- I extended the Osth and Dennis (2015) model in a number of subsequent publications. One constraint we did not include was the finding that performance declines across test trials, a finding which has been attributed to item-noise from learning the test items (Criss, Malmberg, & Shiffrin, 2011; Gillund & Shiffrin, 1984). We applied the model at the level of individual test trials while simultaneously modeling decisions with the diffusion decision model (DDM) to account for retrieval latency distributions (see “Decision-Making in Episodic Memory” below for more information). We found strong support here for the idea that the decline in performance was actually due to changes in the episodic context that occur as a consequence of memory retrieval. We were also able to account for a number of other puzzling findings, such as the finding that lexical decision trials do not impair performance and how list strength can modulate the decline in performance through testing (Osth, Jansson, Dennis, & Heathcote, 2018, Cognitive Psychology).
- The modeling efforts above described the cases of item and associative recognition. However, there has been a noticeable dearth of process modeling of source memory, which has been instead dominated by decision models. We extended our matrix model to source memory very simply – by assuming items are also bound to their sources and these are also globally matched against the contents of memory. We applied the model to three datasets manipulating list strength in item recognition and source memory and again found a dominance of pre-experimental sources of interference, namely context-noise and background-noise (Osth, Fox, McKague, Heathcote, & Dennis, 2018, Journal of Memory and Language).
But wait! It sounds like I’m giving a consistent story here that item-noise plays no role in recognition memory. But we have been recently finding that’s not the case:
- Brandt, Zaiser, and Schneurch (2018) replicated the null list length effects commonly found by Simon Dennis and colleagues. However, they found that when performance was restricted to the first study-test cycle, a sizeable list length effect could be found! They attributed their findings to the fact that subsequent lists “balance out” the number of items in memory: if someone studies a 20 item list first, a subsequent 80 item list results in 100 items in memory, whereas a subject that studies an 80 item list first and subsequently studies a 20 item list also has 100 items in memory. Thus, the buildup of proactive interference (PI) from prior lists actually *obscures* a list length effect.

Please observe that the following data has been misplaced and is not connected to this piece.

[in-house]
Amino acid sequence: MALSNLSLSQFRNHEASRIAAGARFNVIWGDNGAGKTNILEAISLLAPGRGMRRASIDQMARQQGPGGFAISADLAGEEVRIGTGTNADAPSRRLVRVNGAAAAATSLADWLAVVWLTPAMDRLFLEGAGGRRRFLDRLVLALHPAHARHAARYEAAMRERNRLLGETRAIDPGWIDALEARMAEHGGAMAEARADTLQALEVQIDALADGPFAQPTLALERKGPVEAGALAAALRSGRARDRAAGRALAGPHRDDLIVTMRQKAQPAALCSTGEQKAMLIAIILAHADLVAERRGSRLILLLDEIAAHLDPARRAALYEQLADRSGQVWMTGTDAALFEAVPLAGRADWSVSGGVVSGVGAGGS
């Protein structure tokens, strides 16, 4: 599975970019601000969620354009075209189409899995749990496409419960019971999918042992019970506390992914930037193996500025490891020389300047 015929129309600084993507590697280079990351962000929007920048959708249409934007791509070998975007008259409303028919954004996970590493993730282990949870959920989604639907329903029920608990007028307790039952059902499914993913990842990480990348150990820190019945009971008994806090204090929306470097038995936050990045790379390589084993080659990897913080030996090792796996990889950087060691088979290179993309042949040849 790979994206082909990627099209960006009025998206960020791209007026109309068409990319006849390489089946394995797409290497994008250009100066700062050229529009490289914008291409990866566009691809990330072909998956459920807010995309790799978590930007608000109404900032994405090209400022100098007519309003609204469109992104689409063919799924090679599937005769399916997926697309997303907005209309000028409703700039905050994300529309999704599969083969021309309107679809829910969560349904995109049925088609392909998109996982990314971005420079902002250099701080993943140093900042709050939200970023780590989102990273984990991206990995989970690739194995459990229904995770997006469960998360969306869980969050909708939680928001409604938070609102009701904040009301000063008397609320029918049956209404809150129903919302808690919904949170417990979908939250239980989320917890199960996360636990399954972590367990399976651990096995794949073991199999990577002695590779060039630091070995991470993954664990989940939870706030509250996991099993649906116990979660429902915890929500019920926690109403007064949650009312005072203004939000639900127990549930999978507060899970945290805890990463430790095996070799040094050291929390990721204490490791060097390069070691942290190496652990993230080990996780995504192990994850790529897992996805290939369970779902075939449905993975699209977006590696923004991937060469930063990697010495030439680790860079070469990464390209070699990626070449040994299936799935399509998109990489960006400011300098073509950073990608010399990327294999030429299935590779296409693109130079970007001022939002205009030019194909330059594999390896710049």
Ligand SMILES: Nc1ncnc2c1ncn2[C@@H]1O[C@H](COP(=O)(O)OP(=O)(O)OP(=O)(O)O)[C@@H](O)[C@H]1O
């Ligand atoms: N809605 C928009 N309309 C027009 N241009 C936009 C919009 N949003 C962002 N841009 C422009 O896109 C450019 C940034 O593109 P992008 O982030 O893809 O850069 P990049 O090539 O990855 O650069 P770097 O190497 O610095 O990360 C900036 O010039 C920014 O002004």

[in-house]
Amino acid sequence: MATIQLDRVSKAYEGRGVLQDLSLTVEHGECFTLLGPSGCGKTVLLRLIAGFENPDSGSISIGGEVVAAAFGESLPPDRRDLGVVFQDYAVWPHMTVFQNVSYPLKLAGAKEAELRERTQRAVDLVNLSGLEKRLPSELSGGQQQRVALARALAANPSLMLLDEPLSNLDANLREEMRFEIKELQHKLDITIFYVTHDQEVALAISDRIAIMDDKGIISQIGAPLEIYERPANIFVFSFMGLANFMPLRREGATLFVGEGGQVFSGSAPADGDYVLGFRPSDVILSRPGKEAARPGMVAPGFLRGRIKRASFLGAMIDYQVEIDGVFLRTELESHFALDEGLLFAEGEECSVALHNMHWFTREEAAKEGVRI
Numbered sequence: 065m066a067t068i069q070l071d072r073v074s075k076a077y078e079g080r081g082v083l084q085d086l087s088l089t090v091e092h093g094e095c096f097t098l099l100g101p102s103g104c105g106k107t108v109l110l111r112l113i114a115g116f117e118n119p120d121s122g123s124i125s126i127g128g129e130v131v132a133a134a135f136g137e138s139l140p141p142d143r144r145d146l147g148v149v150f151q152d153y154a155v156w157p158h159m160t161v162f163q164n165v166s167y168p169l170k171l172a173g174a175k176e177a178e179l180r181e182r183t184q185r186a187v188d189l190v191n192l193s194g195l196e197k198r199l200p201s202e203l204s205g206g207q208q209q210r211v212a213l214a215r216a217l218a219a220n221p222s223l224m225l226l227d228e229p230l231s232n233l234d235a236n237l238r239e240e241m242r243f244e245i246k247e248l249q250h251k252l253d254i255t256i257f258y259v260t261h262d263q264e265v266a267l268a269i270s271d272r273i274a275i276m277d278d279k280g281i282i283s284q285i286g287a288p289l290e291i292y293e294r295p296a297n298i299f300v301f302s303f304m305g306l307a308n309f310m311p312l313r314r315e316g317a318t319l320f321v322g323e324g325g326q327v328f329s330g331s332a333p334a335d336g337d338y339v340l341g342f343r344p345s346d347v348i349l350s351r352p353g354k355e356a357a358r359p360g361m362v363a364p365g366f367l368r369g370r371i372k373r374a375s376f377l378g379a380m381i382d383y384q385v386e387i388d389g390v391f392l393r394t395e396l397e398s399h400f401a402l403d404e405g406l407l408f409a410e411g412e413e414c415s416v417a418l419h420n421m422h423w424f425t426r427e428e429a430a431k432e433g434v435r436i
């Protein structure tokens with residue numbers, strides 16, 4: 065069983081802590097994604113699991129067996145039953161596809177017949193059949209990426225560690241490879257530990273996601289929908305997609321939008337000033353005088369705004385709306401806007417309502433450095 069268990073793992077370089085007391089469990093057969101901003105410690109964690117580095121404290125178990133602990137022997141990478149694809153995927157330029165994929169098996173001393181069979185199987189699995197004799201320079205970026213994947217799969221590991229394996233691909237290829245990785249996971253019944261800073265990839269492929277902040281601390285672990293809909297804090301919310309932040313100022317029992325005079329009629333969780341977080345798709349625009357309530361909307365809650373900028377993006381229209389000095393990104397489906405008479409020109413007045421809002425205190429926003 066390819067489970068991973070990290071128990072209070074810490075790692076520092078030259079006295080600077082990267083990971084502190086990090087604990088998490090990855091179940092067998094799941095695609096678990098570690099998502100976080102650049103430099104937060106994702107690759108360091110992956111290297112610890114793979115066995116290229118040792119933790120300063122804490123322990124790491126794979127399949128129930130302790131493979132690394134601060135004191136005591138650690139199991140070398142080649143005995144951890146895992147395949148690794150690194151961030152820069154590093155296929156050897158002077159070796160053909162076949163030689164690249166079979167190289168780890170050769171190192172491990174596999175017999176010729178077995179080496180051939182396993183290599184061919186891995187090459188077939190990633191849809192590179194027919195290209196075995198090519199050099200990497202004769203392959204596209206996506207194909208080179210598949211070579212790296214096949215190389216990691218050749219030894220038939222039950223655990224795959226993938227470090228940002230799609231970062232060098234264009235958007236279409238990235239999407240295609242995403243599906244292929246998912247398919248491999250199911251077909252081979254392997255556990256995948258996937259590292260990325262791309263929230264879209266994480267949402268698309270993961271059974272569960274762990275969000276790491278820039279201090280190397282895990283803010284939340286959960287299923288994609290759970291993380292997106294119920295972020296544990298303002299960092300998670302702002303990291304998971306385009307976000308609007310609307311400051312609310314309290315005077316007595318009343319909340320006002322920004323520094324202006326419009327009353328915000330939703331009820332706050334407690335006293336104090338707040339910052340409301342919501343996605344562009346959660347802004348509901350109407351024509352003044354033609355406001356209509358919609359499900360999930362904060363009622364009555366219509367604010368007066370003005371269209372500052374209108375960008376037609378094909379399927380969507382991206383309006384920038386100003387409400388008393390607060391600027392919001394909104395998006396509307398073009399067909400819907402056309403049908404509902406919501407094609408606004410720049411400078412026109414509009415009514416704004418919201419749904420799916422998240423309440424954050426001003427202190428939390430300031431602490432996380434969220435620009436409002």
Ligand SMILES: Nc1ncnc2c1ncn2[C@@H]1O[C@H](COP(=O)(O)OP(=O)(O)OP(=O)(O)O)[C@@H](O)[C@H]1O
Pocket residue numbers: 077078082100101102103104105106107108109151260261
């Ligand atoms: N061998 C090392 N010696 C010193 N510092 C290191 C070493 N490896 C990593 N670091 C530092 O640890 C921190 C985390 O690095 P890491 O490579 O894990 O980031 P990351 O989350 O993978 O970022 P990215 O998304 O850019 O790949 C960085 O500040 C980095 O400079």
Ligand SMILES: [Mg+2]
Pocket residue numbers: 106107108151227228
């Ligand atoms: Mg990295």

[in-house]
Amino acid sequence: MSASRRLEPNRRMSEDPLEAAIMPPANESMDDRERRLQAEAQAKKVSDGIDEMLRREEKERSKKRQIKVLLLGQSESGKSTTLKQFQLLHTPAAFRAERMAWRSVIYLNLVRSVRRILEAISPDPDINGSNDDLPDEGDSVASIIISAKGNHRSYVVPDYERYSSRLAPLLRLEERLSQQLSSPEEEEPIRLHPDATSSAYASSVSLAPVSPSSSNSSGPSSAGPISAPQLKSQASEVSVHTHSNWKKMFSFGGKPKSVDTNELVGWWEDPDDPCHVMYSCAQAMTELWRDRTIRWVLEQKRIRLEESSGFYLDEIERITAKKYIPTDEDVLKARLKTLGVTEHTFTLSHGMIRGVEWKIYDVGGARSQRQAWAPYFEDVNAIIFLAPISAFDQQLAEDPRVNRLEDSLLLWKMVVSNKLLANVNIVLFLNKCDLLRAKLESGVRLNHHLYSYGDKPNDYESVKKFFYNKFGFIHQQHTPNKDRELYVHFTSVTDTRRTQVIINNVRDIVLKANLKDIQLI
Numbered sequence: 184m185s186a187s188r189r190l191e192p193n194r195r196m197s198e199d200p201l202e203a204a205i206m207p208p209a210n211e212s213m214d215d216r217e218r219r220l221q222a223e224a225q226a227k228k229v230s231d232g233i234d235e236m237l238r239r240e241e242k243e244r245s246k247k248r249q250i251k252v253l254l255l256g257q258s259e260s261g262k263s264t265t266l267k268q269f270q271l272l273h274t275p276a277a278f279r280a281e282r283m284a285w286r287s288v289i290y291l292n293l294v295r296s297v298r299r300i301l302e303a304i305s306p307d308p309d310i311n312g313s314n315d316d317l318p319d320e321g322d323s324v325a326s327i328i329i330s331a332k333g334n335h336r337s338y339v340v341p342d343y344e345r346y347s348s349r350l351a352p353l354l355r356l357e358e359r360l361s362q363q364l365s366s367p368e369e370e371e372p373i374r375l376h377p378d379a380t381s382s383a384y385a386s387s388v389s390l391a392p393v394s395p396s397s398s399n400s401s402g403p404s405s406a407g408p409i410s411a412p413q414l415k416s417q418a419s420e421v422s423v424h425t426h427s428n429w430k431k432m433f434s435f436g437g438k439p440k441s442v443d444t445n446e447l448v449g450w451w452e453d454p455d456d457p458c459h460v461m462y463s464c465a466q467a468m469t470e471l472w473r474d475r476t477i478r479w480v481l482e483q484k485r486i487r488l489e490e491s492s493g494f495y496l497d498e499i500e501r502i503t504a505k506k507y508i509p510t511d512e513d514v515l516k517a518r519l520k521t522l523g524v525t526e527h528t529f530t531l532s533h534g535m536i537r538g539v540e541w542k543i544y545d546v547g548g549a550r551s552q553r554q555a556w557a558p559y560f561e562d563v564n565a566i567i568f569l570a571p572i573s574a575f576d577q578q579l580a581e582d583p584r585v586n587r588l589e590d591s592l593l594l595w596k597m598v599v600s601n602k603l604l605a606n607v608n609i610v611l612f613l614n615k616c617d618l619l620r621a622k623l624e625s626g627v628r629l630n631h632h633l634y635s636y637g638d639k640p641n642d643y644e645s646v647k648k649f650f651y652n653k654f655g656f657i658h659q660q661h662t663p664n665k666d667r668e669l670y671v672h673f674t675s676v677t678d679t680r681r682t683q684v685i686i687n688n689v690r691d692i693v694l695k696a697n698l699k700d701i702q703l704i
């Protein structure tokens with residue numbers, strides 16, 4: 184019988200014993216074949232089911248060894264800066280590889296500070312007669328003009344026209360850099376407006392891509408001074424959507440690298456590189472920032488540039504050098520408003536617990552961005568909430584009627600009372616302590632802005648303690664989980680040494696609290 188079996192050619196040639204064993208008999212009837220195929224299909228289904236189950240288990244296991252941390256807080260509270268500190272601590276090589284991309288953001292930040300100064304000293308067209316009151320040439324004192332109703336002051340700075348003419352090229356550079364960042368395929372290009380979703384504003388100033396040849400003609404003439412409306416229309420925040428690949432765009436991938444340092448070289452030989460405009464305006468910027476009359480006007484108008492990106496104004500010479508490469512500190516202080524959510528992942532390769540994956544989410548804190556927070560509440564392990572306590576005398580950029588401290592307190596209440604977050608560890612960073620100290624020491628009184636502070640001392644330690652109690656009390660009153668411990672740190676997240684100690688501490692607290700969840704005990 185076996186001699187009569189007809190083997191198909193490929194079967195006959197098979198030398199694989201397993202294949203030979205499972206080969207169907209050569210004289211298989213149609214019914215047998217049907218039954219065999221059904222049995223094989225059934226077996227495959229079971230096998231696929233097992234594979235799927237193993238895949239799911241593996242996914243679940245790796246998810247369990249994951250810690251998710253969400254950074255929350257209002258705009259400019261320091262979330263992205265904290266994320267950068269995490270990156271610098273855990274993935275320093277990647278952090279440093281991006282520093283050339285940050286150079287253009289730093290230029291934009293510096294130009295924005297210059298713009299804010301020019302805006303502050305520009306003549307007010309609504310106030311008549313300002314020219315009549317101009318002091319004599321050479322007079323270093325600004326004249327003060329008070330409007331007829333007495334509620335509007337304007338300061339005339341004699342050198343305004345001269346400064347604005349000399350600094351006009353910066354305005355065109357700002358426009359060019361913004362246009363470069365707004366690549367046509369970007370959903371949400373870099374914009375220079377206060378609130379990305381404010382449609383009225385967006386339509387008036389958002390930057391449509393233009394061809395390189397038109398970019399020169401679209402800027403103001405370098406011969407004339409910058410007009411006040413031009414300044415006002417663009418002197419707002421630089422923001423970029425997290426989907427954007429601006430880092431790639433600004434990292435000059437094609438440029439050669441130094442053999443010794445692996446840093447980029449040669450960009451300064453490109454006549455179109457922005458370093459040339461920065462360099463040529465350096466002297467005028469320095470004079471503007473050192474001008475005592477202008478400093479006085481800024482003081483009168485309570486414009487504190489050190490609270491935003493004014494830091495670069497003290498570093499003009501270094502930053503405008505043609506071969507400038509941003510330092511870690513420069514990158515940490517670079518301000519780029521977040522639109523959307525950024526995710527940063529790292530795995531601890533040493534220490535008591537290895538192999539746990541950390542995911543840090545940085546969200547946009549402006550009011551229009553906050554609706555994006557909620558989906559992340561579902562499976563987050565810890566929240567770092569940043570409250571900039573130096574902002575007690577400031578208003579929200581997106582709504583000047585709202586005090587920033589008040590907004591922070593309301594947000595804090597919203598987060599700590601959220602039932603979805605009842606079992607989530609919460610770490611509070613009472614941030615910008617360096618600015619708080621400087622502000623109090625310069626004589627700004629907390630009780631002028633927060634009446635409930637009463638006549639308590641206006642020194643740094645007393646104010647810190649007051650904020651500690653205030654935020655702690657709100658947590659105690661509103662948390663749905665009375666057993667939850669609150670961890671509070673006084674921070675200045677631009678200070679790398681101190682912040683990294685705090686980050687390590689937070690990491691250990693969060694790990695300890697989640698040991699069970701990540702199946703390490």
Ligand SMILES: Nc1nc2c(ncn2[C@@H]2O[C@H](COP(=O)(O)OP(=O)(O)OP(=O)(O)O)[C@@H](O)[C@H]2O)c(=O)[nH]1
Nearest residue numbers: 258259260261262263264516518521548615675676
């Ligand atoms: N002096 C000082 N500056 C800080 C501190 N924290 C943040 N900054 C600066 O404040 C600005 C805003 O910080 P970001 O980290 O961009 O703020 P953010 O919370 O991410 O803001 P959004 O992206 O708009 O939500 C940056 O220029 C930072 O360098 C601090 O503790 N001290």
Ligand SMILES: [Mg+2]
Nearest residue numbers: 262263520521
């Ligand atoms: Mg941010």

Each of our past modeling efforts did not consider a buildup of PI throughout the experiment. Thus, my student Julian Fox and I extended the Osth, Jansson, Dennis, and Heathcote (2018) model by actually adding items from each study list and test trial into the contents of memory, such that interference builds across the course of the experiment. The model captured list length, word frequency, and test position effects, but in addition, we were able to capture the buildup of PI throughout the experiment.
The most important part was how the buildup of PI changed our inferences about interference. The account of PI actually reversed conclusions – once PI was accounted for, a dominance of item-noise was found! In addition, we found that item-noise and changes in context exhibited roughly comparable contributions to the decline in performance through testing (Fox, Dennis, & Osth, in revision).
Decision-Making in Episodic Memory
One of the things I learned during my Ph D is that in most cases, memory can’t really be divorced from decision-making. If I show you a photograph of someone and ask “Did you see this person?”, I’m asking you to make a decision based on how your memory responds to a memory cue.
For this reason, we can gain a better understanding of memory by also understanding how people make decisions on the basis of what is retrieved from memory.
Much of my work on this subject concerns linking memory models with models of decision-making, such as the diffusion decision model (Ratcliff, 1978) or the linear ballistic accumulator model (LBA: Brown & Heathcote, 2008). These models offer a couple of major advantages over more traditional and simpler models of decision-making, such as signal detection theory (SDT).